Fishing tips for current water depth

Published 12:03 am Sunday, September 6, 2015

A very slow fall continues to come down the Mississippi River.

The stage in Natchez/Vidalia area should be around 21.1 feet today and predicted to be 20.5 feet by this coming Thursday. I wish a slight rise would come downriver and put some fresher, cooler river water back over the stumps, logs and other cover that is just about on dry ground right now for the fish to hold on. A stage of this level means there is very little visible cover on the live oxbow lakes, the Old Rivers at Vidalia, Deer Park and Yucatan. It is sonar time.

A good guess is 80 to 90 percent of the game fish are not in the shallows. The fish are offshore eating shad. For the most part, no one bothers these fish specifically the bass.

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There is a growing group of white perch anglers that drift fish offshore using sonar to locate bait fish and game fish. They catch a lot of perch using sonar and rigging multiple jig poles with three to four jigs on each line when the shallow water bite is off. Some perch anglers will put out four to five poles in pole holders off the bow of the boat and four or five off the stern. That means you can have at least 40 lures and/or minnows in the water at one time.

It sounds crazy, but it is the best way to catch white perch suspended over deep water. I don’t use this method simply because I don’t get to fish for white perch very often, but I do know the guys and ladies that drift fish. My boat is not set up for drift fishing. I do fish deep and offshore for bass a lot.

Deep water fishing is my preference which was inherited from my dad. With the exception of the spawning months, dad considered 15 feet to be shallow. We stayed in the 25- to 45-foot depths more than any other water depth. So I was taught deep water fishing with sonar at a very young age, thank goodness. That is the opposite of how most people started fishing. For bass on the Old Rivers move off the banks once you run out of visible logs and stumps.

Right now, at this river level, you can put the big deep diving hard pulling wrist breaking crank baits down in favor of cranks that will get down to about 10 to 12 feet or so, and have another lure to cover the 5- to 8-foot range, and yet another for the real shallow stuff like a Bandit 100.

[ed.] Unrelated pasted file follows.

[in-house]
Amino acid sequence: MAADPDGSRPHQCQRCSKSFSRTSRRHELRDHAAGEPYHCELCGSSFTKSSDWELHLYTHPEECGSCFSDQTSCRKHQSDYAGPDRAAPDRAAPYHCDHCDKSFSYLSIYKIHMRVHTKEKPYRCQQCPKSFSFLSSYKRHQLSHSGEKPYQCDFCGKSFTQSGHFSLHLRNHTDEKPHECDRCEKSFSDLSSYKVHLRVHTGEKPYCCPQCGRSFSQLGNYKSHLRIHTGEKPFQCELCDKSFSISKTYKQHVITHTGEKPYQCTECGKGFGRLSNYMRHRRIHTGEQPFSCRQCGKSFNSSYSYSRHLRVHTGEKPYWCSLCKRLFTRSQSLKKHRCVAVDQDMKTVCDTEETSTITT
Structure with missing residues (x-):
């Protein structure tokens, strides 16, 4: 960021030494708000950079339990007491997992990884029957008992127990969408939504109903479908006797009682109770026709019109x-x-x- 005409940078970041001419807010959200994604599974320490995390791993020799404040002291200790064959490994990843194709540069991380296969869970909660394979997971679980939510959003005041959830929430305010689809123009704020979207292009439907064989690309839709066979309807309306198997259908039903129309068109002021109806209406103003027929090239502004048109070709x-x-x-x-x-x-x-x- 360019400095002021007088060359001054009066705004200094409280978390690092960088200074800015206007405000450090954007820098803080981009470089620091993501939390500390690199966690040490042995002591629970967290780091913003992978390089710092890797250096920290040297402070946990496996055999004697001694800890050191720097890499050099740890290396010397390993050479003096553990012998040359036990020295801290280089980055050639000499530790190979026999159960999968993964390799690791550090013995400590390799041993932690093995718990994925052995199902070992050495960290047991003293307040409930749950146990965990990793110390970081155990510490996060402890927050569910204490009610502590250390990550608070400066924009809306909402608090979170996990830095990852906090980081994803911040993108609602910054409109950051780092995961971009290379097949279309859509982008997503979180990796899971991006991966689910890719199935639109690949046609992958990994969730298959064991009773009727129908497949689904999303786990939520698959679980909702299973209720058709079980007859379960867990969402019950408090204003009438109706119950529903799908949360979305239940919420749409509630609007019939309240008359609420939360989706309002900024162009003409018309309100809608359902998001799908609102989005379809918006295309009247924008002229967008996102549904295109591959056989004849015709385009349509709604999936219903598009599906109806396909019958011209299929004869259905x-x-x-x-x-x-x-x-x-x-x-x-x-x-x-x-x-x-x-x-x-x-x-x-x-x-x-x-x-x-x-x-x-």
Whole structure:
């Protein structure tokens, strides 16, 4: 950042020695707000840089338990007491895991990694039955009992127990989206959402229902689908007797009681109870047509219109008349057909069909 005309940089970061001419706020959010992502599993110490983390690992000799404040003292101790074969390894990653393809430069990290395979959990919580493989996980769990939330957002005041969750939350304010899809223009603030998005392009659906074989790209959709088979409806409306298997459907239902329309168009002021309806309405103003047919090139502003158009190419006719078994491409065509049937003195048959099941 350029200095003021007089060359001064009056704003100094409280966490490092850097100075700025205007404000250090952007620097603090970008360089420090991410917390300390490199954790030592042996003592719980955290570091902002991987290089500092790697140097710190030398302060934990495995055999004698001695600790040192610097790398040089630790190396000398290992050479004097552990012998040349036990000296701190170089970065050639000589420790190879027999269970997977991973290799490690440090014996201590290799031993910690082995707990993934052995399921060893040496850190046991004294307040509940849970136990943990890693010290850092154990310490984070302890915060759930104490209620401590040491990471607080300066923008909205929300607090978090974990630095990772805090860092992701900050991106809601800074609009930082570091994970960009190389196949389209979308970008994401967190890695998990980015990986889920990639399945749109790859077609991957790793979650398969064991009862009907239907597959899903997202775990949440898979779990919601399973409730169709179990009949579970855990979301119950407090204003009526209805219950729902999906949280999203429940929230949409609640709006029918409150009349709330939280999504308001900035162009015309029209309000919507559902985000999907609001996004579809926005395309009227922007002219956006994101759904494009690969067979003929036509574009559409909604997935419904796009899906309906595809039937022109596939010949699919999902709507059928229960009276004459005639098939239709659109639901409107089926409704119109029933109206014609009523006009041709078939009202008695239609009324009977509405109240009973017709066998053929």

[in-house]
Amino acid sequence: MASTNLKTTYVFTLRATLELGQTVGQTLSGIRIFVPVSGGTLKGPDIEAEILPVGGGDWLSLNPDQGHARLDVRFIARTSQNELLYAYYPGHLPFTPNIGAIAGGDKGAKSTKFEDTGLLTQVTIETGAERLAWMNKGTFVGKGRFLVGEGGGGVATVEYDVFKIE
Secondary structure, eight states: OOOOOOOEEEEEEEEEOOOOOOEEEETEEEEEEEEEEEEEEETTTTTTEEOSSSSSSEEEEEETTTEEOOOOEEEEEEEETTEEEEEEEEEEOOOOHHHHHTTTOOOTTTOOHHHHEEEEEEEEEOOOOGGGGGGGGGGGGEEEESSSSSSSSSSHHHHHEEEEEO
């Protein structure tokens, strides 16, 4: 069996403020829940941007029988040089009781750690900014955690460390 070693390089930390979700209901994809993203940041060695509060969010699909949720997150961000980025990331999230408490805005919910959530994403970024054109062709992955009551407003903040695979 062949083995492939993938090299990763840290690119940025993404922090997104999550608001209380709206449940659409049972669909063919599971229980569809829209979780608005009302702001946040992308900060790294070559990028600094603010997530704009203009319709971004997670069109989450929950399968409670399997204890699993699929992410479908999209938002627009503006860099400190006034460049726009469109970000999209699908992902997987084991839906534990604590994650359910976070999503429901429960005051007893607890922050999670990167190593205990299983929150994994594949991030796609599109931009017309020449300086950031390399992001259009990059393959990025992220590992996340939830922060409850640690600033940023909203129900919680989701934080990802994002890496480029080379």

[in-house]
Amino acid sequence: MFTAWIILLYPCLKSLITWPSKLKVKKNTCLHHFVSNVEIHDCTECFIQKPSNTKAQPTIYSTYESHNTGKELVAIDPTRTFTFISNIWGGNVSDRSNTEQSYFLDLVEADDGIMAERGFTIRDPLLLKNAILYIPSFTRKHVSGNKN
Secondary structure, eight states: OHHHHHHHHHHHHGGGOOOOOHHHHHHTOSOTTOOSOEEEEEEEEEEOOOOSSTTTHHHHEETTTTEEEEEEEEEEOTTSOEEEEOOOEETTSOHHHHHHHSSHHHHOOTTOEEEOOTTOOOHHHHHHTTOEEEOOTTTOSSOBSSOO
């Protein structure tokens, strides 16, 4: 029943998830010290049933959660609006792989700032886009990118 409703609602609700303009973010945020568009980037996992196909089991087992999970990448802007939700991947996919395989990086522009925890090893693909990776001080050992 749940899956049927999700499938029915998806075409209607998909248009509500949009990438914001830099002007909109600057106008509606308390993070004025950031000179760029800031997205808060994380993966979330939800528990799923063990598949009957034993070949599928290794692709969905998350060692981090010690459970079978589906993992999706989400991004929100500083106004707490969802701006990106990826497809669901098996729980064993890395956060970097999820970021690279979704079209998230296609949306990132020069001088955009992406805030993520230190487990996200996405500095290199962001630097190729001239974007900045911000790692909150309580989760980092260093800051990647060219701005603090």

If you know where some brush piles, logs, rocks, steep drops or whatever are located, try heavy jigs and jigging spoons to catch the bass. Most of the white perch have already moved offshore on the Old River lakes. You may pick up one here and there in thin water but to find the big slabs, look offshore with sonar.

Find shad that look like huge ball shapes on your sonar screen. When shad ball up tight, there something feeding on them. If the shad are in a loose school there is probably nothing messing with them at that time, but check on those shad again later in the day. Air temperatures so continue to top out in the mid 90s, which is keeping the surface water temperature above 90.

I do not like hot water fishing. I am so glad August is out of here and September is clicking on by. Good things will happen as soon as the nights get cooler, and the days get shorter.

Not only will the Old Rivers produce more and larger fish when it cools down, the landlocked lakes will turn on as well. October is a great month, a transition month. I think everyone is ready for cooler weather.

I know I am. It will feel great to fish, catch and not sweat.


Eddie Roberts writes a weekly fishing column for The Democrat. He can be reached at